3. Chief Financial Officer

Provided that an individual shall not be appointed or reappointed as the chairperson of the company, as well as the managing director or Chief Executive Officer of the company at the same time unless—

  1. the articles of such a company provide otherwise; or
  2. the company does not carry multiple businesses.

Every whole-time key managerial personnel of a company shall be appointed through a resolution of the Board containing the terms and conditions of the appointment, including the remuneration. They shall not hold office in more than one company except in its subsidiary company at the same time. However, they were having then, within six months from such commencement, choose one company in which he wishes to continue to hold the office of Key managerial personnel if the office of any whole-time key managerial personnel is vacated. In that case, the resulting vacancy shall be filled-up by the Board at a meeting of the Board within six months from the date of such vacancy.

Characteristics of a Company Secretary

The following are some of the characteristics of a company secretary;

  1. act as a primary contact toll for the board members providing them knowledge on the company affairs internally and externally
  2. ensure the legal compliance and regulatory norms of the articles of association by the management
  3. prepare and provide the necessary materials for the general meeting, such as the agendas, the minutes of the meeting, the resolutions passed etc.
  4. possess immense knowledge and experience to assist the committees within the management by ensuring effective procedures
  5. organized and effective in dealing promptly with the crisis and fallouts of the company management with sharp decision-making skills
  6. possess good judgement skills, a good eye on details, networking skills and mentoring skills.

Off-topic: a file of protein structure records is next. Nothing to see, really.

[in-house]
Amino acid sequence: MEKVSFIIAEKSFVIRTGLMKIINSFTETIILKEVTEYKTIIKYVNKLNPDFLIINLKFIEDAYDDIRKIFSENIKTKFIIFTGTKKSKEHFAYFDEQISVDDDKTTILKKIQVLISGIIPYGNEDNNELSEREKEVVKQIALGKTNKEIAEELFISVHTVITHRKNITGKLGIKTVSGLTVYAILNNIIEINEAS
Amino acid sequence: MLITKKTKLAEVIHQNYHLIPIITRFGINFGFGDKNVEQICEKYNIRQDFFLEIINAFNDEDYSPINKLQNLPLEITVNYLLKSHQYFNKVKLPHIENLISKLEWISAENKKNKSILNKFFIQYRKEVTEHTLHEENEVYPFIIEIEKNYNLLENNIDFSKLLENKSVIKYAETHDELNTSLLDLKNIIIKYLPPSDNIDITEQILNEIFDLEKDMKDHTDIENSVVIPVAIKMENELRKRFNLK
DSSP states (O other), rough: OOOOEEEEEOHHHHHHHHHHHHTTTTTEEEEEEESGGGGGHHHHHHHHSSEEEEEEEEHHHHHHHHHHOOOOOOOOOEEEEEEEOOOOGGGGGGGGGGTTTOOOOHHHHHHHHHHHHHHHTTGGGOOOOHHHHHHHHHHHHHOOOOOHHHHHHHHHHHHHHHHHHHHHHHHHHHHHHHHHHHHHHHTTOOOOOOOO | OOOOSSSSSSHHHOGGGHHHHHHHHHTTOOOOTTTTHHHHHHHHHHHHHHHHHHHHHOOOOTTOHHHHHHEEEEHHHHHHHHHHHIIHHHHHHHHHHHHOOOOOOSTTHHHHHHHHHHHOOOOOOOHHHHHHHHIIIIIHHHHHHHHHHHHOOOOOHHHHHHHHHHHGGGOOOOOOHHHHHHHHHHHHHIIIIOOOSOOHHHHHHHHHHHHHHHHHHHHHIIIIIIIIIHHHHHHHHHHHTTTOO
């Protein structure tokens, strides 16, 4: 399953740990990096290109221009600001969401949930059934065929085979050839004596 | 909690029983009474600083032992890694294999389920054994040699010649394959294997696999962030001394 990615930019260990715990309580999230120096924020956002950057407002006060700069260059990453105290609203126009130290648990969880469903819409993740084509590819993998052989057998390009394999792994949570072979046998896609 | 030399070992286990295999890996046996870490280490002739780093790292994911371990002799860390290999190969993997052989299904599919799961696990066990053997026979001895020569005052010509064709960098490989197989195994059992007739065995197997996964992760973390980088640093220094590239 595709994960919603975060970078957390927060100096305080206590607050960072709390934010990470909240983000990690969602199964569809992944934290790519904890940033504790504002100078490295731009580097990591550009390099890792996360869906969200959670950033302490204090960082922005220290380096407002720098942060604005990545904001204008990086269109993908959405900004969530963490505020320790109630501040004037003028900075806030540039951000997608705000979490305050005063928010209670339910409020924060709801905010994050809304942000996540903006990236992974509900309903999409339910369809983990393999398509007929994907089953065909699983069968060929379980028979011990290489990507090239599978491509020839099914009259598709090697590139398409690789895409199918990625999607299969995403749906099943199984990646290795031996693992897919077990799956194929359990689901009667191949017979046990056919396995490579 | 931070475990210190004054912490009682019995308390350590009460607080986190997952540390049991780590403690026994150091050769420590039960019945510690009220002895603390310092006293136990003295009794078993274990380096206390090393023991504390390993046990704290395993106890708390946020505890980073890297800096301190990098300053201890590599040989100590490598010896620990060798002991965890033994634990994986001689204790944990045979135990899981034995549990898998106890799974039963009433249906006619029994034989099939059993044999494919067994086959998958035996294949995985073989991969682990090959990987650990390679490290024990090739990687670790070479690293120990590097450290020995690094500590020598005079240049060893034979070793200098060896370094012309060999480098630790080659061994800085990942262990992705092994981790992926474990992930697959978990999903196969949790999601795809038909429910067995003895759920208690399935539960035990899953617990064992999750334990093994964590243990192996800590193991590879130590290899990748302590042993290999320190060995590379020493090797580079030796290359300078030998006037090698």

Duties and Responsibilities of a Company Secretary

A company secretary is considered a governance officer who plays a significant role in the emergence of corporate governance within the company management; they are given paramount importance in compiling this with the company’s corporate governance norms internally and externally. The corporation’s entire legal management will be taken care of by the company secretaries who manage and administer various legal issues such as contractual obligations, employed remuneration, audit accounts, registration process, appointment, and legal proceedings in the court of law.

The Cadbury committee of the United Kingdom, which was formed in 1992 to look into the corporate governance affairs of the companies, stated that “company secretaries are essential officers in the company who deals with legal and administrative duties and is answerable to the board of directors, therefore they are considered as the pillars of corporate governance.” They share a fiduciary relationship with the company’s shareholders and advise the directors and non-executive members in policy-making and decision-making.

  1. Coordinate with the Board to convene board meetings, prepare agenda, circulate notice, manage proxies, read reports and correspondence in the meeting, maintain register et cetera
  2. Within the scope of administration, they play the role of the administrator in handling finances, company properties and assets, corporate records et cetera
  3. Internally the coordinate with the board members, managing directors, trade unions, various committee members, auditors, intermediaries, and other employees
  4. Externally they handle the relationship between various shareholders, government organizations and other investment agencies
  5. They assist in framing company policies, their amendment, its implementation in the management, and perform analysis for future modifications through assimilation of information
  6. The company secretary supervises the following legal requirements;
    1. Listing agreements
    1. Company registration
    1. Dispute resolution
    1. Grievance redressal
    1. Stock exchange matters
    1. Executing contracts
    1. Passing resolutions